It is said in the Higgledy family folk lore that Foxgloves were invented in the September of 1666. Great Great Grandmother Professor Florrie Higgledy was indulging in a pipe of tobacco after having demolished one of Mr Farrinner’s wonderful pastries in London’s Pudding Lane….when suddenly she was taken with a fit of the vapours. She had a blinding vision of a tall beautiful, bienneial plant with soft, hairy, toothed, ovate and lance-shaped leaves in a basal rosette….wonderful tubular flowers adorned it’s majestic spires…as soon as the vision arrived…it vanished. Wasting no time, she knocked out her pipe on some small, dry, kindling like sticks outside the bakery and set off to her secret underground laboratory with a view to transforming her dream into reality.
To this very day Foxgloves have always been grown in the cut flower gardens of the Higgledy family. This season I have chosen two simple, elegant and most charming Foxys…Foxglove ‘Alba’…and Foxglove ‘Excelsior’. Growing these glorious creatures from seed is very straight forward.
How To Grow Foxgloves From Seed.
*When Florrie invented the Foxgloves she cleverly added a little marker to inform people when was the best time to sow the seed for that particular season. When the top most flowers of this seasons plants are in flower…then is the time to get busy in the sowing department. This is usually some time from late May and through June…and well into July.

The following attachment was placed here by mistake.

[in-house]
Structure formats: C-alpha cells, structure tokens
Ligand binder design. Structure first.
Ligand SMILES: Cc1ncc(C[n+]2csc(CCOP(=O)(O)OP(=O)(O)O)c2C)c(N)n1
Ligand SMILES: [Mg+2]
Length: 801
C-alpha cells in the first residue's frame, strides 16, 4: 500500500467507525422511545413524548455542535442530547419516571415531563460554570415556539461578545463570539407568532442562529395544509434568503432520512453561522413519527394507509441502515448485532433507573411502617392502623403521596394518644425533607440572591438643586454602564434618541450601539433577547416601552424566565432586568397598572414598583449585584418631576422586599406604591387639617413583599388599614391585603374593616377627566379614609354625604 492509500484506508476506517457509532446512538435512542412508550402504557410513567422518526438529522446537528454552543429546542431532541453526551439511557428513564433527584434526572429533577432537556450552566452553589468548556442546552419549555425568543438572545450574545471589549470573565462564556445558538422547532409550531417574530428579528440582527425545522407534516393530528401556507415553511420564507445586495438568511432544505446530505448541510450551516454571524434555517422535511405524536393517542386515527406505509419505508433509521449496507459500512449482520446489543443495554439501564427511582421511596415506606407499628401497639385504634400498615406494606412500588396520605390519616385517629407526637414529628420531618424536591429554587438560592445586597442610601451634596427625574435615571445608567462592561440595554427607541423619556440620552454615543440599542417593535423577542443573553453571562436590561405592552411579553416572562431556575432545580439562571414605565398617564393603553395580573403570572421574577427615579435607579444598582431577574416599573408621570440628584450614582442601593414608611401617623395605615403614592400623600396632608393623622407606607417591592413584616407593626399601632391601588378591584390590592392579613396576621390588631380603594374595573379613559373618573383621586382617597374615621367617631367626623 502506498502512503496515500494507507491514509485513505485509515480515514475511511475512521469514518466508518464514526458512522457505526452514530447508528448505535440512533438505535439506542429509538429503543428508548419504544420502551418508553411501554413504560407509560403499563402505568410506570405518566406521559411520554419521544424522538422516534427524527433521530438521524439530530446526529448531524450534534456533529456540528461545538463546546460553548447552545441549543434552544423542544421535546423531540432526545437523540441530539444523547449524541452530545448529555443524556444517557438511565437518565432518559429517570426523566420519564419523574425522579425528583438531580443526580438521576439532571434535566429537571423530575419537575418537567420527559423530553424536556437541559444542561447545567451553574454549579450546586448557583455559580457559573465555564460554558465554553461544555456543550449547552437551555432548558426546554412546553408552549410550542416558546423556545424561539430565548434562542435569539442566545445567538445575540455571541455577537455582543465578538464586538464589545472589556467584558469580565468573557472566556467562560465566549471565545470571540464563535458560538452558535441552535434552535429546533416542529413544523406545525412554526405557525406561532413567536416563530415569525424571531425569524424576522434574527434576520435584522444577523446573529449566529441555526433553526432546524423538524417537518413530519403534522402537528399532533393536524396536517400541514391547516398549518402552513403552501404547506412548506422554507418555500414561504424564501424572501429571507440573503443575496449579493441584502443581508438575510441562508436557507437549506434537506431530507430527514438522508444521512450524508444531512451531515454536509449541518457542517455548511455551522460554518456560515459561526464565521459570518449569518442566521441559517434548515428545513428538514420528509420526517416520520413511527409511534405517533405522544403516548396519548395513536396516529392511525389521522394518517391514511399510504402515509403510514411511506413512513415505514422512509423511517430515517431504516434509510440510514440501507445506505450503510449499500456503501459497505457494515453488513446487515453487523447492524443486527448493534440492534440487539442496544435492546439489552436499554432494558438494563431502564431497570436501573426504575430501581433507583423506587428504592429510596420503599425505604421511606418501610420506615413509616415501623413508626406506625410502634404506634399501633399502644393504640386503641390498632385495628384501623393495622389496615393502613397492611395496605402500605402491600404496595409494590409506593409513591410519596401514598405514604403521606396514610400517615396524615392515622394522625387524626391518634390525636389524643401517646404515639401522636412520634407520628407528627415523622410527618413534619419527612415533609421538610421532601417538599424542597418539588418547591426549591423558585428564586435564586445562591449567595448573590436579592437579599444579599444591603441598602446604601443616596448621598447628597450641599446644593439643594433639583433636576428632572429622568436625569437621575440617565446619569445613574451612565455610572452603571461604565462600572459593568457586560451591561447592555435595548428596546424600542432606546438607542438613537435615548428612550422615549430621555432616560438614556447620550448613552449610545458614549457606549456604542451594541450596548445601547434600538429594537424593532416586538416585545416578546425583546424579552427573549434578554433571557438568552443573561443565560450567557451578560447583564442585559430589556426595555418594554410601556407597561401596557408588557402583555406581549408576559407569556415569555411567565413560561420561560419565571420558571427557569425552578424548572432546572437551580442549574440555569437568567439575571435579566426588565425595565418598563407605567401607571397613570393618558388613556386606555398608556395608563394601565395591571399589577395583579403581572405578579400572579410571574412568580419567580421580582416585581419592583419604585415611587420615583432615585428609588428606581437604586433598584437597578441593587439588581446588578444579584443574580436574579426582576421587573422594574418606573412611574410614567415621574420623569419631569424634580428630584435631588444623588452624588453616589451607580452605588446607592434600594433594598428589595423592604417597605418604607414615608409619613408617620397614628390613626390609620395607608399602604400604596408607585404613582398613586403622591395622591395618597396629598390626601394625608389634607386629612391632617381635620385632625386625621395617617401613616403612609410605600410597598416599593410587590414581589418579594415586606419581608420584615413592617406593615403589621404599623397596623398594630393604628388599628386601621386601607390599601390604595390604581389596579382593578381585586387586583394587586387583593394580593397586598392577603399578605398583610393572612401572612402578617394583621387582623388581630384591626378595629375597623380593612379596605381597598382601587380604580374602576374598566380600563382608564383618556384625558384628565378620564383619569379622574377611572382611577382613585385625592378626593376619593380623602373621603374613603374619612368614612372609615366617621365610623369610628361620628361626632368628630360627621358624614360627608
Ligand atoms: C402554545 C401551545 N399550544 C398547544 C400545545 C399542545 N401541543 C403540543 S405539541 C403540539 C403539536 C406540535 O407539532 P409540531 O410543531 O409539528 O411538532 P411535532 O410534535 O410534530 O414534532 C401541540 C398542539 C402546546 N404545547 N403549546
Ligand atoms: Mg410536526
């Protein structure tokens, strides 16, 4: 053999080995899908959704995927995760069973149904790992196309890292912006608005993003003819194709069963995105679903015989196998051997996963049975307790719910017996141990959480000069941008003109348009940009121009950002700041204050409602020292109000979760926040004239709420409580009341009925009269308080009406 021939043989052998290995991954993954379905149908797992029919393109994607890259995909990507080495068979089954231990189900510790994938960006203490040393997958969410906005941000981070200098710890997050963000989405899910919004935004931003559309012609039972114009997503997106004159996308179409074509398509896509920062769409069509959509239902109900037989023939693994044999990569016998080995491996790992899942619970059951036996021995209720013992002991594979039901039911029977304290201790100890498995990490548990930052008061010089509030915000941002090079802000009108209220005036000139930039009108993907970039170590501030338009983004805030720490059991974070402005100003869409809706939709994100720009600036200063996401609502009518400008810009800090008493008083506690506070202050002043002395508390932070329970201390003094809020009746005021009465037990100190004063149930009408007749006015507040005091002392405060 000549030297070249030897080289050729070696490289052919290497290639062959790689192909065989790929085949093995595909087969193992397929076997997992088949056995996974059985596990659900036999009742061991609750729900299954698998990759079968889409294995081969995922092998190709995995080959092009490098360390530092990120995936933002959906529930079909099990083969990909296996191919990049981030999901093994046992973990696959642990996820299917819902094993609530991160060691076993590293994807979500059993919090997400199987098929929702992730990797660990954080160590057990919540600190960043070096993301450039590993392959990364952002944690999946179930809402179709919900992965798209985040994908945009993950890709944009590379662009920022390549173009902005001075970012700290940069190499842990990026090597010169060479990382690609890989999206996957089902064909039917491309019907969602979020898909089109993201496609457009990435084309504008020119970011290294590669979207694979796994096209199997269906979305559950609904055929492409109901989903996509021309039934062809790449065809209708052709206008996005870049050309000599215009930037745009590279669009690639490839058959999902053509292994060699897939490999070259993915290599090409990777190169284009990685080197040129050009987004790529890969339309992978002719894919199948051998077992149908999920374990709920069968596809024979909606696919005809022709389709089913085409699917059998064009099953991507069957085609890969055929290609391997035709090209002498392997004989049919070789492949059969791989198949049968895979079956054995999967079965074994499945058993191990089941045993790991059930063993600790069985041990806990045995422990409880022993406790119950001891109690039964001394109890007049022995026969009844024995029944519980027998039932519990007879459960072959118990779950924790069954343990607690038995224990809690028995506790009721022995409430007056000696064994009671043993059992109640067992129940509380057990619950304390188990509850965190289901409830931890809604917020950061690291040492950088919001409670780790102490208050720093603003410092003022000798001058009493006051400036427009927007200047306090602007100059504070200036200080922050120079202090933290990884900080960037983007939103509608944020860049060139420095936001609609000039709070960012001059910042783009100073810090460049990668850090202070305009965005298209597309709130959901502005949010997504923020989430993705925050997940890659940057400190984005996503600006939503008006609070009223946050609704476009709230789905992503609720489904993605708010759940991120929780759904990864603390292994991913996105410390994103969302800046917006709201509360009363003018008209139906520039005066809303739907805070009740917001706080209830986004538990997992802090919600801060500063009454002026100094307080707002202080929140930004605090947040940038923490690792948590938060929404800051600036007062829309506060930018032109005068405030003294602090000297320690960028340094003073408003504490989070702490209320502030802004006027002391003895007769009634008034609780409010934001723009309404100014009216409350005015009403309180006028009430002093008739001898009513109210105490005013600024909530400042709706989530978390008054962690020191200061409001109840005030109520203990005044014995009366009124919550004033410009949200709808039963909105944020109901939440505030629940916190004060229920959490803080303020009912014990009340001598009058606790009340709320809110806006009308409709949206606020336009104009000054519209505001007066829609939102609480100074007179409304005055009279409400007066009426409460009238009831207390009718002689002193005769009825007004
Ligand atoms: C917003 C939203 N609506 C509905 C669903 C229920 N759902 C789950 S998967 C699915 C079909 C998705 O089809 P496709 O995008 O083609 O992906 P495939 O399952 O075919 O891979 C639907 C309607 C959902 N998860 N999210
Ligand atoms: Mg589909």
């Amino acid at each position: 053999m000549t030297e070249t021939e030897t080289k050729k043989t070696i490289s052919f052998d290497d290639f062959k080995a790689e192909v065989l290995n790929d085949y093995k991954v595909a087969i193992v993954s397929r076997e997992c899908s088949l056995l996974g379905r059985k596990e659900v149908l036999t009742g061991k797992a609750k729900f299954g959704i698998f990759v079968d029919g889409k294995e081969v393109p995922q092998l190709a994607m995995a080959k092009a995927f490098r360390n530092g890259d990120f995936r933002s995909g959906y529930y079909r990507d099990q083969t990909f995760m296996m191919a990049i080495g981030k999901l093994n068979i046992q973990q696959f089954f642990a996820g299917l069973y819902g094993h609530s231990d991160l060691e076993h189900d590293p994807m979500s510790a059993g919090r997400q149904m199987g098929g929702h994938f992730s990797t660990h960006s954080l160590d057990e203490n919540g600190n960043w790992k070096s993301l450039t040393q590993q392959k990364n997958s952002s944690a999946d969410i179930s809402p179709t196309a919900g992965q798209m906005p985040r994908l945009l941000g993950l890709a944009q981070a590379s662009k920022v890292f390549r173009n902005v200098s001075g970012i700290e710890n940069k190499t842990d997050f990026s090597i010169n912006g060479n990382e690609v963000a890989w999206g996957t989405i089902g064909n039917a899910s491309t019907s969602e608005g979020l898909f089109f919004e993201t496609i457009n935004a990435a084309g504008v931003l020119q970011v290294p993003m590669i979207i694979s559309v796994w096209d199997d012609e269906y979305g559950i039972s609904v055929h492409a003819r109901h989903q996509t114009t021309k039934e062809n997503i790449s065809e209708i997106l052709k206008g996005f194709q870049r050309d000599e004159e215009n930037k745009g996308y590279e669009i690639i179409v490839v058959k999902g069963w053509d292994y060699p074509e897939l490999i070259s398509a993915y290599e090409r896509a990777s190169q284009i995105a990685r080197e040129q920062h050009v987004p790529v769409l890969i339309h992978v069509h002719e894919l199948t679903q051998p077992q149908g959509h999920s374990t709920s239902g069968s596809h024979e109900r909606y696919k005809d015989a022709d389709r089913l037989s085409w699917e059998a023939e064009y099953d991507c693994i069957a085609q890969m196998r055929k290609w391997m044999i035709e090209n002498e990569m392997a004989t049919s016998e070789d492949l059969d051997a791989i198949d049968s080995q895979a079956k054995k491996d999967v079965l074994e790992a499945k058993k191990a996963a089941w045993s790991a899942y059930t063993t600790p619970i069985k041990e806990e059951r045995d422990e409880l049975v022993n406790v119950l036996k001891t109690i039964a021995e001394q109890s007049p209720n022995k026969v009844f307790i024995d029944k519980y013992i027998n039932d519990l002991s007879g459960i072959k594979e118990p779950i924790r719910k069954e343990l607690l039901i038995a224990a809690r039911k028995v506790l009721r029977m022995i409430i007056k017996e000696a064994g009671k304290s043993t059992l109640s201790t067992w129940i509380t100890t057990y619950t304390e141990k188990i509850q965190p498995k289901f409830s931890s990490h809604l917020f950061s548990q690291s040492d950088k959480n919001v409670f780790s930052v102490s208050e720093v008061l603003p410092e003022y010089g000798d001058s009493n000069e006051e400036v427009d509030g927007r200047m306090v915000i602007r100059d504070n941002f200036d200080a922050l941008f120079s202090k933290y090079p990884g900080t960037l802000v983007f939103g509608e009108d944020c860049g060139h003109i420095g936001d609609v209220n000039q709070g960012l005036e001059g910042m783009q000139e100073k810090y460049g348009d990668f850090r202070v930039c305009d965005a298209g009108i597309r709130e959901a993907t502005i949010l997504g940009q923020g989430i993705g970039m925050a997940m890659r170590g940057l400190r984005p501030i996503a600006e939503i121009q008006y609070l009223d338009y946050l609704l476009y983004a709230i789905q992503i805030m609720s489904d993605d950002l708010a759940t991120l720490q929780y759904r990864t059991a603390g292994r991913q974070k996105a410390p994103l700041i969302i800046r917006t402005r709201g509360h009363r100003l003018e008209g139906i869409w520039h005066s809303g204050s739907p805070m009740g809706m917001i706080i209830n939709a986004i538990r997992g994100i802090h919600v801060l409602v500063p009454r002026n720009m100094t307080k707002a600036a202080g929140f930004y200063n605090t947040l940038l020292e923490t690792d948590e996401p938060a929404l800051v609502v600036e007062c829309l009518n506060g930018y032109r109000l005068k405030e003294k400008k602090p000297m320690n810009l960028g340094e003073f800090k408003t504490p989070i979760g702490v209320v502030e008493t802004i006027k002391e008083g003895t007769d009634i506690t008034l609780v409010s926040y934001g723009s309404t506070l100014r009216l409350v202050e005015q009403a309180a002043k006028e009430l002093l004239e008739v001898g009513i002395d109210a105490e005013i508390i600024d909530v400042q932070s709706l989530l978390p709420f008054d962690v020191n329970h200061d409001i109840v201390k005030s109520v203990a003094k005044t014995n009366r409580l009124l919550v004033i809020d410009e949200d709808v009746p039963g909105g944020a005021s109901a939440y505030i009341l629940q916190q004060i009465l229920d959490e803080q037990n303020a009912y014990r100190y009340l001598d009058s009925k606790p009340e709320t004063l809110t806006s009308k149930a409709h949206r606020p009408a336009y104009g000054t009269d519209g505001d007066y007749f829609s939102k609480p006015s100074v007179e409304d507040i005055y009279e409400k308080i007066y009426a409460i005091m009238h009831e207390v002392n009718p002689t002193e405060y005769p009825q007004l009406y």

*You can start your foxgloves off in seed trays and plant them out in Autumn…or you can directly sow in seed beds.
*Although they will manage in full sun, it is best to find a bed of dappled shade or one which has a mixture of sun and shade throughout the day.
*Foxgloves are biennial and will flower in the spring of the second year…
*Sow in straight drills…ie scratch a straight line into your seed bed…
*Water this drill BEFORE you sow your seed…then sprinkle your seed thinly within the drill. DON’T cover the seed…as with most tiny seeds they can’t handle being buried and need light to ‘get jiggy’.
*When the foxglove seedlings are a couple of inches tall…thin them out to a spacing of a little over a foot.
*If your site is exposed they made need staking….but best find somewhere sheltered.
*Because of their biennial nature of flowering in their second year…it is important to sow again next season, in order to have flowers every year.
Foxgloves are a great addition to the cut flower garden…show them with another early flowering biennial such as Hesperis (Sweet Rocket) or Sweet William and all will be well with the world.
Also you may be interested in my world famous ‘Biennial Seed Collection (for flowering 2015)’ which is a massive (yes MASSIVE) 20% the cost of buying the packets individually.